Brick-and-Mortar: It’s Baaaack

April 16, 2015Perry Kuklin

Retailing Today recently highlighted five key trends to watch this year. One trend that caught our attention is the idea that brick-and-mortar is “reasserting its importance as a vital part of retail commerce.” Of course we’ve always recognized the value of physical store locations and the role they play in the customer experience, but it is also easy to believe the hype and feel the near-panic of recent years around the idea that e-commerce might render brick-and-mortar obsolete.

Despite the astounding growth of e-commerce sales, Retailing Today reports that it is not overtaking the role of physical stores. Instead, e-commerce and the focus on creating an omnichannel experience for customers is highlighting the role and importance of stores as a critical component of the customer experience.

Stores still hold a commanding lead for how consumers prefer to shop. A recent study by A.T. Kearney found over 90% of shoppers surveyed would prefer to shop in a brick-and-mortar store. And 93% of all retail sales are expected to come from physical stores this year.

If retailers are indeed taking a more balanced view of e-commerce and brick-and-mortar as it relates to creating an omnichannel experience for customers, what does this mean? And what role does queue management play?

We think there are a few key points to consider:

Accentuate the positives, minimize the negatives

Physical stores give customers the ability to touch, feel, and try before they buy. On the other hand, they are prone to long waiting lines, out-of-stock inventory, and crowded parking lots. Taking steps to eliminate or speed up waiting lines, keep customers engaged while they wait, and increase staff productivity can go a long way toward improving customer satisfaction and reducing lost conversions.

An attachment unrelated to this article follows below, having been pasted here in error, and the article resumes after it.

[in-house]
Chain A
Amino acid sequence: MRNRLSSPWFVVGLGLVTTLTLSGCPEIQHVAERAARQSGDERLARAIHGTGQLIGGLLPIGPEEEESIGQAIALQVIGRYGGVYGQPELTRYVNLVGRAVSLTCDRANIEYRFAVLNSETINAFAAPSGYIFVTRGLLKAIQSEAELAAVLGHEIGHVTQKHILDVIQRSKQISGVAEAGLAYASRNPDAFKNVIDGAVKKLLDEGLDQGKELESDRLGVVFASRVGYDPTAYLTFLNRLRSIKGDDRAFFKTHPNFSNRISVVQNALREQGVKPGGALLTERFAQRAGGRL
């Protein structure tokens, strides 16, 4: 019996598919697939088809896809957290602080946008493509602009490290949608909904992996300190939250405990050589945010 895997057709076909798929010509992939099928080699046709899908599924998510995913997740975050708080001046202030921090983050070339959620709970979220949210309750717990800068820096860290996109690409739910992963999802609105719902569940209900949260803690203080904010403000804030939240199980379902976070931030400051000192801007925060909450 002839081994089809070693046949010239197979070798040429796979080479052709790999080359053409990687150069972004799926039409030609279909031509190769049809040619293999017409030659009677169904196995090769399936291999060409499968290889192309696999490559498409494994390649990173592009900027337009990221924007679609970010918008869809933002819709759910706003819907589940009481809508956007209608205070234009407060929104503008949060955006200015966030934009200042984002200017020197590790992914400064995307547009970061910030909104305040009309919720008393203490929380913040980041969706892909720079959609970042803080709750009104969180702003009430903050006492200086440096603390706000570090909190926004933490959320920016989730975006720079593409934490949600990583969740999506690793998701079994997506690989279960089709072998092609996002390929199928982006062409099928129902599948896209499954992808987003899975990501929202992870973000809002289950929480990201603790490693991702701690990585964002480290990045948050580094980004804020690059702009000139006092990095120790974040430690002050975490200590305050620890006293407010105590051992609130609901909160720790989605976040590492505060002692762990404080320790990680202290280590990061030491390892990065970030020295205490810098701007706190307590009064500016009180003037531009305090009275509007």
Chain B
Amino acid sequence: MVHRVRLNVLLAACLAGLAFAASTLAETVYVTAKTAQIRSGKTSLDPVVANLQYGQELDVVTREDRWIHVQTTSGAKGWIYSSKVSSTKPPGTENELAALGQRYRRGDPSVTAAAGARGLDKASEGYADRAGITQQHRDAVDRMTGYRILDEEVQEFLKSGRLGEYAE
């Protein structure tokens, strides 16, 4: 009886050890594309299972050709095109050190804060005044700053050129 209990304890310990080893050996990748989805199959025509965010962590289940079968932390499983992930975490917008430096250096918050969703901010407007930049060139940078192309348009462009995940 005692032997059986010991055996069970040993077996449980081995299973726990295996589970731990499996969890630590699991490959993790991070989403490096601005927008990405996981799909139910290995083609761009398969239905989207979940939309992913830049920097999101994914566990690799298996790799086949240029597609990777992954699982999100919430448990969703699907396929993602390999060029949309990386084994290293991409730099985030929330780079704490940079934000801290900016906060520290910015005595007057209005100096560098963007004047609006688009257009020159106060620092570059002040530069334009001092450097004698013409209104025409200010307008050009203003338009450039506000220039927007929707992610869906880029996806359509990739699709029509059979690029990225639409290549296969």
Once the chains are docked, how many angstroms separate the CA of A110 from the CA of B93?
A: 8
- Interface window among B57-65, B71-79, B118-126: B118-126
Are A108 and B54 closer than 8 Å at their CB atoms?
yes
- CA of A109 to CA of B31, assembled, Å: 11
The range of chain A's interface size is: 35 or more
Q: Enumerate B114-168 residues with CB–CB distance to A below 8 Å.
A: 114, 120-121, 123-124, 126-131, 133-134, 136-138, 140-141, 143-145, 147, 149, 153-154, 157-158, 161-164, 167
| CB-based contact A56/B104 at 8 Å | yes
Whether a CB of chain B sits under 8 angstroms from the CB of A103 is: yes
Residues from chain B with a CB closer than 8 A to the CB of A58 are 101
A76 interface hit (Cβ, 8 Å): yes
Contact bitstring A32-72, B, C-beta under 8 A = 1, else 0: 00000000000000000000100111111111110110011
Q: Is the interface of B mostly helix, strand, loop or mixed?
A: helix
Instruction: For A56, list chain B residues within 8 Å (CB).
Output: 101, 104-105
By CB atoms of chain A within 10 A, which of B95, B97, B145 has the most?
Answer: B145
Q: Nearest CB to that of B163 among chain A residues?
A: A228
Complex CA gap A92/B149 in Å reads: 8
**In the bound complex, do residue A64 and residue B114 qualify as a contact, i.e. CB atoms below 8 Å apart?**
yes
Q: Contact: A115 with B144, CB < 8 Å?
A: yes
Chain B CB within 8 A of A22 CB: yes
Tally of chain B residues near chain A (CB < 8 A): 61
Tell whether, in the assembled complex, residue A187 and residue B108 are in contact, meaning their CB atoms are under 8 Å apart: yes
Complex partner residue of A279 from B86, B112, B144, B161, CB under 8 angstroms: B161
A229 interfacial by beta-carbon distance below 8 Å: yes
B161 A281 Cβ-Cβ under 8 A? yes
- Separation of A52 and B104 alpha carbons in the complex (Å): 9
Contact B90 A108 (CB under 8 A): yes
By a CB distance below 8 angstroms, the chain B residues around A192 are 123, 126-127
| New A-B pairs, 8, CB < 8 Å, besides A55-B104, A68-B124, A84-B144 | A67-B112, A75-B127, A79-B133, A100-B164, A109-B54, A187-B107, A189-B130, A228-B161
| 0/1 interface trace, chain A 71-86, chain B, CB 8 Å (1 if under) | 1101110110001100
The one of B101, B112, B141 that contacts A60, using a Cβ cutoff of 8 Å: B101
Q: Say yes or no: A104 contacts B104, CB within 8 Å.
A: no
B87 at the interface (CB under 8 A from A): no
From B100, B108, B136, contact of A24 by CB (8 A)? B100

Leverage mobile

Shoppers are on their phones comparing prices, checking online inventory, and maybe even choosing to skip your waiting line in favor of ordering online. Use mobile to your advantage. Let customers ‘check in’ to a waiting line, whether for the dressing room, the cosmetics counter, the return line, or the checkout line, and rather than stand in line, let them continue shopping. Send an automated text message when it’s time for them to return for service. The opportunities to use mobile for queue management are far-reaching.

Capitalize on impulse sales.

The A.T. Kearney study mentioned earlier also found that 40 percent of shoppers spend more than they had planned while shopping in brick-and-mortar stores as opposed to just 25 percent spending more than expected when shopping online. From a queue management standpoint, the natural implication is to merchandise the queue. If your customers are standing in your checkout line, they might as well continue to shop. Not only does merchandising in the queue encourage impulse sales, it also keeps customers engaged and distracted while they wait.

Bring in web-style analytics.

From a retailer’s standpoint, e-commerce offers an incredible opportunity to track customer behavior, preference, activities, and sales. Just about anything can be measured in the digital world. Today, there is equally powerful and insightful analytics for the physical store. In the queue, look for technologies that allow you to measure, monitor, and manage wait times, service allocation, and customer arrivals to address issues before they result in lost sales. It’s also possible to tie these queue metrics to merchandise sales in order to optimize the in-queue merchandising mix.

It’s true that brick-and-mortar isn’t going anywhere. But it’s also true that retailers need to evolve their strategies to continue to meet the expectations of customers. What are your thoughts on the role of physical stores in modern retailing?

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